To account for the uncertainty in this exercise, I wanted to come up with a "per at-bat" set of rankings – what might happen if we projected equal plate appearances for every hitter. Obviously that won’t happen in real life, and moreover, not every player would improve linearly with more playing time. Platoon players (often, but not always) are platoon players for a reason. The idea here is that we might see some chances to find value – a player that otherwise doesn’t rank high but shows up on the second list could be a nice endgame pick. Further, if you disagree that a certain star should be discounted because of his injury potential, you can see how he might slot with a full projection. To do this, I’m using his Standings Gain Points as my unit of measure – that’s the starting point for my dollar values. The actual equation is (Total Standings Gain Points / At-Bats) x 100 – basically, I wanted to move out the decimal point two places to make it a little more decipherable. This was done for standard 12-team mixed auction leagues, with a 60-40 hitting/pitching split as the starting point. I’m listing the top 76 hitters (76, because the 76th player, Domonic Brown, is an interesting illustration.). I highly encourage you to do this exercise on your own and go deeper – spending some time playing with the numbers can lead to other discoveries.
There are a lot of the usual suspects at the top, though you can see the effect of the projected Ryan Braun suspension. But you can also see a number of outliers pretty quickly. In many cases, that player that stands out does so in a particular category, such as with Craig and his batting average, or Chris Heisey and his home run rate, or Craig Gentry and his stolen bases. With a full slate of at-bats, chances are that production would slow down in that one particular category, and would drop dramatically in the categories where that player doesn’t excel.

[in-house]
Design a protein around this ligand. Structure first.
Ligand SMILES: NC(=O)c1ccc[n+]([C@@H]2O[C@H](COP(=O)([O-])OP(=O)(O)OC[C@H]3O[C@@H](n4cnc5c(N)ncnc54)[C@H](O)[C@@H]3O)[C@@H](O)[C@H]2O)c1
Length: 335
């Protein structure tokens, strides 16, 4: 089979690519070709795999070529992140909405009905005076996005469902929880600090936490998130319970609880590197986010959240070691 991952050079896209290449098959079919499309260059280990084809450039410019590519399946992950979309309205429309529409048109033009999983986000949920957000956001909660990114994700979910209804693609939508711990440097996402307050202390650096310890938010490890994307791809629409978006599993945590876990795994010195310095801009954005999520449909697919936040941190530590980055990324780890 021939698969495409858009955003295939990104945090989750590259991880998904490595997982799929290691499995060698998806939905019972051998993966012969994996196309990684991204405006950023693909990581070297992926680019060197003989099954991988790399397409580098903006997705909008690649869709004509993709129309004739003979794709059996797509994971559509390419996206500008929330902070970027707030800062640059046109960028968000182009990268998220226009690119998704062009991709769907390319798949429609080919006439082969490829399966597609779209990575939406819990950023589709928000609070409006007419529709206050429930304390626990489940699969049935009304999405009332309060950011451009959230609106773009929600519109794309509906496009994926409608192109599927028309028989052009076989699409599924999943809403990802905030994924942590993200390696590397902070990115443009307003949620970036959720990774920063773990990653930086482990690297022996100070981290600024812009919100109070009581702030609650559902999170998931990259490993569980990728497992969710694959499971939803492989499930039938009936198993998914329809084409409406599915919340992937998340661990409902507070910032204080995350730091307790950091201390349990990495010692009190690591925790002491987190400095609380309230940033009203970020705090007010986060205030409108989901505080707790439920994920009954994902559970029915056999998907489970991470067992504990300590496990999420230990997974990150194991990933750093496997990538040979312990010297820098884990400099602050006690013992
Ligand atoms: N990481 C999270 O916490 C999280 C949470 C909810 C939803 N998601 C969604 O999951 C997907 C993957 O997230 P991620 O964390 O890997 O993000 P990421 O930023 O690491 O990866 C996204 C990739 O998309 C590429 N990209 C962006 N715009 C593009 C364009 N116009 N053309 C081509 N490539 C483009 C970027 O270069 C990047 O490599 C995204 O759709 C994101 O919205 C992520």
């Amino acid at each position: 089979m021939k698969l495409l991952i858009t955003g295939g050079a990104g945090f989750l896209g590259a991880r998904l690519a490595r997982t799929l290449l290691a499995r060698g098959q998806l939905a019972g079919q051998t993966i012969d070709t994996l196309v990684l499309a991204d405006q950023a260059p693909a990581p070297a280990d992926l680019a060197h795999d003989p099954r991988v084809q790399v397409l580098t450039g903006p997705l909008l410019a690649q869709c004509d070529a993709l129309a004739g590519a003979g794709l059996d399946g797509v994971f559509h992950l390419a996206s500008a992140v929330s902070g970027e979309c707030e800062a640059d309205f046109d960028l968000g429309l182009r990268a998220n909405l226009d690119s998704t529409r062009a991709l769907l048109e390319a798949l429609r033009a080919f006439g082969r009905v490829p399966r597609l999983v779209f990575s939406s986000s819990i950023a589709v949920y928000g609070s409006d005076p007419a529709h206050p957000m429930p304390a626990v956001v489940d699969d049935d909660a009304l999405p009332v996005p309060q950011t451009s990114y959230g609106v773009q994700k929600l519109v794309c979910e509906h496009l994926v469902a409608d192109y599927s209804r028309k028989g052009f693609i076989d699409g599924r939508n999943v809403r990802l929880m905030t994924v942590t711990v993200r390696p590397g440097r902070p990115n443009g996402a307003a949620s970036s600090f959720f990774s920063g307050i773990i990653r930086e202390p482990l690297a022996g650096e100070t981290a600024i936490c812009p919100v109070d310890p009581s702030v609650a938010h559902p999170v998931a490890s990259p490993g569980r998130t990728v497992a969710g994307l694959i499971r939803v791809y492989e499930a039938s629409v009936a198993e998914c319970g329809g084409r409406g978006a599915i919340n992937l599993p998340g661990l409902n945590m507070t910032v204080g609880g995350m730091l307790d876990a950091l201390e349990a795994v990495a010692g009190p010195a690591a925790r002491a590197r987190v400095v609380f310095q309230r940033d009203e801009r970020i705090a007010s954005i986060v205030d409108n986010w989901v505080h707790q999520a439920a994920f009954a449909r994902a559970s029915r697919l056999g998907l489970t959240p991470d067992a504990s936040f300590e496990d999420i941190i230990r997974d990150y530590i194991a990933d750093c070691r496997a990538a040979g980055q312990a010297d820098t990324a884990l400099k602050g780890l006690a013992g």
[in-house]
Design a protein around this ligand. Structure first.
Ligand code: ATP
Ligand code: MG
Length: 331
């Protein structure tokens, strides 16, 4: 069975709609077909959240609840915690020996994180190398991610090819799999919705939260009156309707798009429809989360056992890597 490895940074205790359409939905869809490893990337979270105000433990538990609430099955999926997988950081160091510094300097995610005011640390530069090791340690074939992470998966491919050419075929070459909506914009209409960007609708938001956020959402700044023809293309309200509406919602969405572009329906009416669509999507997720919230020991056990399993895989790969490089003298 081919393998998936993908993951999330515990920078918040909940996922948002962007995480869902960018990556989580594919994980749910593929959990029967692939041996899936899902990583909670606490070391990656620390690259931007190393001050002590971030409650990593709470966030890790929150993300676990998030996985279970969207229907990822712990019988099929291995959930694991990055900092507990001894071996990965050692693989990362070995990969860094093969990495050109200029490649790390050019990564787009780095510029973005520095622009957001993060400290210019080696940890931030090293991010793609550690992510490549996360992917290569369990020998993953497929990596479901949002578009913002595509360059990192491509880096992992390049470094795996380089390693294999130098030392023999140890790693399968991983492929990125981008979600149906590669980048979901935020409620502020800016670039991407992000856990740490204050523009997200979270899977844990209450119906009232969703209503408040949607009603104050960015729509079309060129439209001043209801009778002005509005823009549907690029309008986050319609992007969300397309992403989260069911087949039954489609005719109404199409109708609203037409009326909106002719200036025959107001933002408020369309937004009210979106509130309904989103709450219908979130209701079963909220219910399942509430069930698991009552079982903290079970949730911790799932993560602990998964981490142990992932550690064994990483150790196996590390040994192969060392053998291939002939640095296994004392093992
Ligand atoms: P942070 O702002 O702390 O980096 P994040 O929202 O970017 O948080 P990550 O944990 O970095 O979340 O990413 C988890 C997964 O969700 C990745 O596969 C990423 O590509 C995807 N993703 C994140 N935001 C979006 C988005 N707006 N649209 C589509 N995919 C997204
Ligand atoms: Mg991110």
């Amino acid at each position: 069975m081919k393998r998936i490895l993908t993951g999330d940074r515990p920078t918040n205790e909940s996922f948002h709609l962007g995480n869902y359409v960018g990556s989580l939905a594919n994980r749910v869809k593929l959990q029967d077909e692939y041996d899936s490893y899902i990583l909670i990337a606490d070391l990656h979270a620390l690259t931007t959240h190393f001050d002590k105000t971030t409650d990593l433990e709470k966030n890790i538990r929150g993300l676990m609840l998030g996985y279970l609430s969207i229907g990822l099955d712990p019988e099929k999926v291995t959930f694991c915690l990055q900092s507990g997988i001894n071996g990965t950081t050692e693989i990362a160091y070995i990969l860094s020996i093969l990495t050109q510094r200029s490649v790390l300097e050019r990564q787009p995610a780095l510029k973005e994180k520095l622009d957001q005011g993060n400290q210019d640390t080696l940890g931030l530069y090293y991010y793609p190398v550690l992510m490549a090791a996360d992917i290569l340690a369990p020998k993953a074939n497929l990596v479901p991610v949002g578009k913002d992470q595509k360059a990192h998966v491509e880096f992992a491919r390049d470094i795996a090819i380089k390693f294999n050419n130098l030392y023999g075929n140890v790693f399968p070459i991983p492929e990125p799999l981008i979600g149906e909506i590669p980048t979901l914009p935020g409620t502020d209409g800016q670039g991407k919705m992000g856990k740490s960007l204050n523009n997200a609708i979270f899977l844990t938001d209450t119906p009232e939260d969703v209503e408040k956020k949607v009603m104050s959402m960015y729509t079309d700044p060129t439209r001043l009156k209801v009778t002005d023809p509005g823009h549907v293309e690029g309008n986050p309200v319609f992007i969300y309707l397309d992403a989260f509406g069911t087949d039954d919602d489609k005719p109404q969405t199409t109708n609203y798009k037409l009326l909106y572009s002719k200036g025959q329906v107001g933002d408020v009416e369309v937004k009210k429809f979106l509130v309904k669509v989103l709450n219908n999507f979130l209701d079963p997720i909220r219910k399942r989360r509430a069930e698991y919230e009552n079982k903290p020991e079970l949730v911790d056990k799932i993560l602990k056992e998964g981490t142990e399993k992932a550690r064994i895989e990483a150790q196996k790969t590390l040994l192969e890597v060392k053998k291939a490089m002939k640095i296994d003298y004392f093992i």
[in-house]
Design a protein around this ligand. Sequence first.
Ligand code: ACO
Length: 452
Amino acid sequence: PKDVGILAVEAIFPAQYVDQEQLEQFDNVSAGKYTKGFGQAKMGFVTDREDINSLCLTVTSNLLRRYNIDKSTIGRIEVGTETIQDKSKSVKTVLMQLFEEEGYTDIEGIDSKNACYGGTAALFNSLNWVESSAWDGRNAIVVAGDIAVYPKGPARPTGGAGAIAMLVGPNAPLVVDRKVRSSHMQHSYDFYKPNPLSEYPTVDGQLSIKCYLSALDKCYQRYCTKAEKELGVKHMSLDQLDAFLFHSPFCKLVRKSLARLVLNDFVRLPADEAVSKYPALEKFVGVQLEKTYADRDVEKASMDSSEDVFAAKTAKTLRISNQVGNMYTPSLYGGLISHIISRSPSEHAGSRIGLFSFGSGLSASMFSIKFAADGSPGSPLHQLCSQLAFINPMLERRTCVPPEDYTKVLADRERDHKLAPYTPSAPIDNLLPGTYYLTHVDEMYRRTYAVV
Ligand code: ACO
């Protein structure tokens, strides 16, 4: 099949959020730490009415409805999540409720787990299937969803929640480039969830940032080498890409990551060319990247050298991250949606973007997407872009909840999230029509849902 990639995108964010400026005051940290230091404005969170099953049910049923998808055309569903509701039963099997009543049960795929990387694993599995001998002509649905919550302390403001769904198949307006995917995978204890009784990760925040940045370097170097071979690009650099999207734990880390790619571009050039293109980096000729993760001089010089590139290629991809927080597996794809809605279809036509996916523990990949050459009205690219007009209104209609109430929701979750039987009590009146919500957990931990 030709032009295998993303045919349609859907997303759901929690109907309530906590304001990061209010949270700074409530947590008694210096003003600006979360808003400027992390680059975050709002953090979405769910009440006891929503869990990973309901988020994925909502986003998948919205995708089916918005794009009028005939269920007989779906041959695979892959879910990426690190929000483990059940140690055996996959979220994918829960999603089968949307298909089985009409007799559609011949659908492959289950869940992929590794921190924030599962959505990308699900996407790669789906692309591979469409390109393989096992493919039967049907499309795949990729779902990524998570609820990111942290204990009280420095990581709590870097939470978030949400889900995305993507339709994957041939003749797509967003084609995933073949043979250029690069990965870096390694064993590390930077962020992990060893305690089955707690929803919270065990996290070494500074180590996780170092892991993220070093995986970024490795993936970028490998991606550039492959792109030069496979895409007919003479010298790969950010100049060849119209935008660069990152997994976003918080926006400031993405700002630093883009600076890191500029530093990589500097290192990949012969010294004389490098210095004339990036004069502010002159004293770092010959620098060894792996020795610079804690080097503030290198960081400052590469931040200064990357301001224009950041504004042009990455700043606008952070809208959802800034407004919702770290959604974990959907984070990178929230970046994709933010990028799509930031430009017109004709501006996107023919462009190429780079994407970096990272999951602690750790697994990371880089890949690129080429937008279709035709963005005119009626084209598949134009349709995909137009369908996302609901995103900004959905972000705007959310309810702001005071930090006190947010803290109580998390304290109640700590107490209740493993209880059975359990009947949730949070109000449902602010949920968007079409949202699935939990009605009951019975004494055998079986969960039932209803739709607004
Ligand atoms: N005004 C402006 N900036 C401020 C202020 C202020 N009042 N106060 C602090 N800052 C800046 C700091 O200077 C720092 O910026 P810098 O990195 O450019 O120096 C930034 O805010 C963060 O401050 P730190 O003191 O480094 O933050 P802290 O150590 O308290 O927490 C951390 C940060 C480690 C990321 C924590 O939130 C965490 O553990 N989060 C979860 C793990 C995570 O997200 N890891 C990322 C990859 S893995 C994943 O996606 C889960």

The other common theme we see here is younger players showing up that don’t yet have full-time jobs. Mike Trout obviously would be worth a lot more if the Angels committed to him from Day 1 this season, as the most prominent example. Though he also falls under the weakness in this exercise – speed guys tend to be overrated here. Many of them can get their stolen bases in part-time action, but they are unlikely to improve across the board with full-time action. That’s the case both with Gentry and Jarrod Dyson, to name two players. I think with the next iteration of playing-time neutral listings, I’d have to dial down the value of the stolen base considerably.
Finally, the depth of your league determines how actionable this information can be. For instance, in a 10-team mixed league, every single hitting spot is going to be filled by a full-time player by each team, and there will be plenty more full-time hitters on the waiver wire if-and-when a player gets hurt or loses a job. So you can afford to take a few more chances in your draft – Josh Hamilton is worth more of a risk, but it’s so much easier to replace him when you have to put him on the DL. On the flip side, some of the really short-time players like Domonic Brown or Eric Young Jr. aren’t going to be draft-worthy at all without any sort of playing time. You’re better off just watching the playing time situations for each team during the season and pouncing on them off the waiver wire if and when their time comes.